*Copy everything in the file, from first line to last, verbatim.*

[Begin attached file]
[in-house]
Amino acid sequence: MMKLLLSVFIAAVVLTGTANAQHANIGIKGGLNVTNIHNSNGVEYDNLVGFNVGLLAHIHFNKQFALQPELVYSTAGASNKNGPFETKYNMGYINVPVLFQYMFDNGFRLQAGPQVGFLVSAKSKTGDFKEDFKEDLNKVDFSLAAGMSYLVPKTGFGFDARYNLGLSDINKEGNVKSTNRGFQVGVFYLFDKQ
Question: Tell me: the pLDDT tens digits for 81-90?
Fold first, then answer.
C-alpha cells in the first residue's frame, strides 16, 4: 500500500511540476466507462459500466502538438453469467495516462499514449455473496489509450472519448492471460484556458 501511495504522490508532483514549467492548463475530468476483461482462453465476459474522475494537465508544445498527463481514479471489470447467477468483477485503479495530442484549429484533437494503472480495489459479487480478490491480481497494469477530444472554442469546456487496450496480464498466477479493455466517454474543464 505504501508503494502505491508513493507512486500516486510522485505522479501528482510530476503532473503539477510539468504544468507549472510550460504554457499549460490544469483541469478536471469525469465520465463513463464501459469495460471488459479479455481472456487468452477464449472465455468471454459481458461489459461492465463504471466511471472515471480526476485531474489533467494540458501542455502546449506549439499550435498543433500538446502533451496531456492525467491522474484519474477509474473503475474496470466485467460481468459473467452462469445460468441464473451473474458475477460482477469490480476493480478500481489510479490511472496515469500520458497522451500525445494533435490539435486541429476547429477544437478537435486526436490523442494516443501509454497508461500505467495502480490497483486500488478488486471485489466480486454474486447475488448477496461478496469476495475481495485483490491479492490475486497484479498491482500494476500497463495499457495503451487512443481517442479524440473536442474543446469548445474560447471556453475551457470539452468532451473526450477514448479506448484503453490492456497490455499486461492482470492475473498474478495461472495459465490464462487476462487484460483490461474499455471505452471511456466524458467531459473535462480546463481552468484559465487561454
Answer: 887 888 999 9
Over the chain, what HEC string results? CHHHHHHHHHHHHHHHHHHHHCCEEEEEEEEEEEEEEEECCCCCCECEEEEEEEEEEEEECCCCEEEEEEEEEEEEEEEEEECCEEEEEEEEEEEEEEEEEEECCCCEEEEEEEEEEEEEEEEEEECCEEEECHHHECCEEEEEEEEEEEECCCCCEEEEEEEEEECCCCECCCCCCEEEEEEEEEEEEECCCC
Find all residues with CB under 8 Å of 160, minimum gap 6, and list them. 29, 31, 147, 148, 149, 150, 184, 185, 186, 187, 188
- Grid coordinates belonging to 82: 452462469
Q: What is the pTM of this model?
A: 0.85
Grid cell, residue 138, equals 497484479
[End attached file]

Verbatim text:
[in-house]
Amino acid sequence: MMKLLLSVFIAAVVLTGTANAQHANIGIKGGLNVTNIHNSNGVEYDNLVGFNVGLLAHIHFNKQFALQPELVYSTAGASNKNGPFETKYNMGYINVPVLFQYMFDNGFRLQAGPQVGFLVSAKSKTGDFKEDFKEDLNKVDFSLAAGMSYLVPKTGFGFDARYNLGLSDINKEGNVKSTNRGFQVGVFYLFDKQ
Question: Tell me: the pLDDT tens digits for 81-90?
Fold first, then answer.
C-alpha cells in the first residue's frame, strides 16, 4: 500500500511540476466507462459500466502538438453469467495516462499514449455473496489509450472519448492471460484556458 501511495504522490508532483514549467492548463475530468476483461482462453465476459474522475494537465508544445498527463481514479471489470447467477468483477485503479495530442484549429484533437494503472480495489459479487480478490491480481497494469477530444472554442469546456487496450496480464498466477479493455466517454474543464 505504501508503494502505491508513493507512486500516486510522485505522479501528482510530476503532473503539477510539468504544468507549472510550460504554457499549460490544469483541469478536471469525469465520465463513463464501459469495460471488459479479455481472456487468452477464449472465455468471454459481458461489459461492465463504471466511471472515471480526476485531474489533467494540458501542455502546449506549439499550435498543433500538446502533451496531456492525467491522474484519474477509474473503475474496470466485467460481468459473467452462469445460468441464473451473474458475477460482477469490480476493480478500481489510479490511472496515469500520458497522451500525445494533435490539435486541429476547429477544437478537435486526436490523442494516443501509454497508461500505467495502480490497483486500488478488486471485489466480486454474486447475488448477496461478496469476495475481495485483490491479492490475486497484479498491482500494476500497463495499457495503451487512443481517442479524440473536442474543446469548445474560447471556453475551457470539452468532451473526450477514448479506448484503453490492456497490455499486461492482470492475473498474478495461472495459465490464462487476462487484460483490461474499455471505452471511456466524458467531459473535462480546463481552468484559465487561454
Answer: 887 888 999 9
Over the chain, what HEC string results? CHHHHHHHHHHHHHHHHHHHHCCEEEEEEEEEEEEEEEECCCCCCECEEEEEEEEEEEEECCCCEEEEEEEEEEEEEEEEEECCEEEEEEEEEEEEEEEEEEECCCCEEEEEEEEEEEEEEEEEEECCEEEECHHHECCEEEEEEEEEEEECCCCCEEEEEEEEEECCCCECCCCCCEEEEEEEEEEEEECCCC
Find all residues with CB under 8 Å of 160, minimum gap 6, and list them. 29, 31, 147, 148, 149, 150, 184, 185, 186, 187, 188
- Grid coordinates belonging to 82: 452462469
Q: What is the pTM of this model?
A: 0.85
Grid cell, residue 138, equals 497484479